Photo: Drew Angerer / Getty Images

The U.K.'s competition regulator announced Tuesday that 21st Century Fox's $15 billion bid to take a majority stake in Britain's Sky News was not in the public's best interest due to media plurality concerns, making a rejection of the bid likely.

Why it matters: U.K. regulators have been investigating this deal, and have been putting off an official response, for months. For a long time, sources at Fox thought the deal would go through, giving the new potential owner of Fox's international assets, Walt Disney Co. majority ownership of Sky's broadcast and streaming platforms.

Regulators say the recommendation is "not because of a lack of a genuine commitment to meeting broadcasting standards in the U.K.," which is significant, given that there were concerns about whether Fox would be considered "fit and proper" owners of Sky as the network battled sexual harassment and editorial scandals in the U.S.

  • They did however, note that while there were issues with the compliance arrangements at Fox News when it was broadcasting its unedited simulcast international feed into the U.K., "this did not outweigh the detailed and effective policies and procedures that Fox has in place in relation to its U.K. focused channels."

Citing fair competition, the Secretary of State for Digital, Culture, Media and Sport, the Competition and Markets Authority (CMA) said the deal would give the Murdoch Family Trust (MFT) "too much control" over news providers in the U.K. and therefore "too much influence over public opinion and the political agenda."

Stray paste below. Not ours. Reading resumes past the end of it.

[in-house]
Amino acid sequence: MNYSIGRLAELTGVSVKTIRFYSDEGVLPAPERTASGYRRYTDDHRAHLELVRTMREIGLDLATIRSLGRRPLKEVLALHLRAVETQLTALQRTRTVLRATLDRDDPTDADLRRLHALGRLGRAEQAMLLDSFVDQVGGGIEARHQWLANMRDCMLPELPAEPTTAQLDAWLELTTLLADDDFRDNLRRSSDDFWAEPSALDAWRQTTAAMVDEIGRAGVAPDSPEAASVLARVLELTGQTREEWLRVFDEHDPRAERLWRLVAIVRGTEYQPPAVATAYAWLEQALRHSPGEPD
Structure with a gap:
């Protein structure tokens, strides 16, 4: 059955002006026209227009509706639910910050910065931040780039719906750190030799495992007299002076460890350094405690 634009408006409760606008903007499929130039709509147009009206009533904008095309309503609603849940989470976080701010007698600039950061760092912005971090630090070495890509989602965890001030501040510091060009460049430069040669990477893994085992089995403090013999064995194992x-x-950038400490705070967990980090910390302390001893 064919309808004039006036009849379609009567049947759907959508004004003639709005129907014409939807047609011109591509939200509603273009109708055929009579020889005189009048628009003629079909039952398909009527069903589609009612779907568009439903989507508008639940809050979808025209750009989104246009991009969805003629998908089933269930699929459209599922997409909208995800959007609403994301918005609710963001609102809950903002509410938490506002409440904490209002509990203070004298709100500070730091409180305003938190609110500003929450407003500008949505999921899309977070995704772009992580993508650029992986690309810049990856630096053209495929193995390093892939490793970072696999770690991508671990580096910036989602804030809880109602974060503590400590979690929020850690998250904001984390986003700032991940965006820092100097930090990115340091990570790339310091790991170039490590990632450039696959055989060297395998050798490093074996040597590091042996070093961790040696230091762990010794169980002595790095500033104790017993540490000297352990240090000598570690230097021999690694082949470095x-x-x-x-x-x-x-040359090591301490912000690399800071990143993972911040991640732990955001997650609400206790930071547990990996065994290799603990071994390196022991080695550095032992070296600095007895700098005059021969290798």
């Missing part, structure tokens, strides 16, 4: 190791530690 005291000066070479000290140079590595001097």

• Murdoch-owned news outlets in the UK currently reach nearly a third of U.K.'s population, regulators argue, "and have a combined share of the public’s news consumption that is significantly greater than all other news providers, except the BBC and ITN."
  • Executives have previously said that Fox's takeover bid of Sky, regardless of outcome, would not affect its potential merger with Disney.

What's next? The CMA will take comments and will consider them before the its report is finalized and provided to the Secretary of State for Digital, Culture, Media and Sport by May 1, 2018, when he will make the final decision on the proposed deal.

Go deeper

2 hours ago - Podcasts

Facebook boycott organizers share details on their Zuckerberg meeting

Facebook is in the midst of the largest ad boycott in its history, with nearly 1,000 brands having stopped paid advertising in July because they feel Facebook hasn't done enough to remove hate speech from its namesake app and Instagram.

Axios Re:Cap spoke with the boycott's four main organizers, who met on Tuesday with CEO Mark Zuckerberg and other top Facebook executives, to learn why they organized the boycott, what they took from the meeting, and what comes next.

Boycott organizers slam Facebook following tense virtual meeting

Illustration: Sarah Grillo/Axios

Civil rights leaders blasted Facebook's top executives shortly after speaking with them on Tuesday, saying that the tech giant's leaders "failed to meet the moment" and were "more interested in having a dialogue than producing outcomes."

Why it matters: The likely fallout from the meeting is that the growing boycott of Facebook's advertising platform, which has reached nearly 1000 companies in less than a month, will extend longer than previously anticipated, deepening Facebook's public relations nightmare.

Steve Scalise PAC invites donors to fundraiser at Disney World

Photo: Kevin Lamarque-Pool/Getty Images

House Minority Whip Steve Scalise’s PAC is inviting lobbyists to attend a four-day “Summer Meeting” at Disney World's Polynesian Village in Florida, all but daring donors to swallow their concern about coronavirus and contribute $10,000 to his leadership PAC.

Why it matters: Scalise appears to be the first House lawmakers to host an in-person destination fundraiser since the severity of pandemic became clear. The invite for the “Summer Meeting” for the Scalise Leadership Fund, obtained by Axios, makes no mention of COVID-19.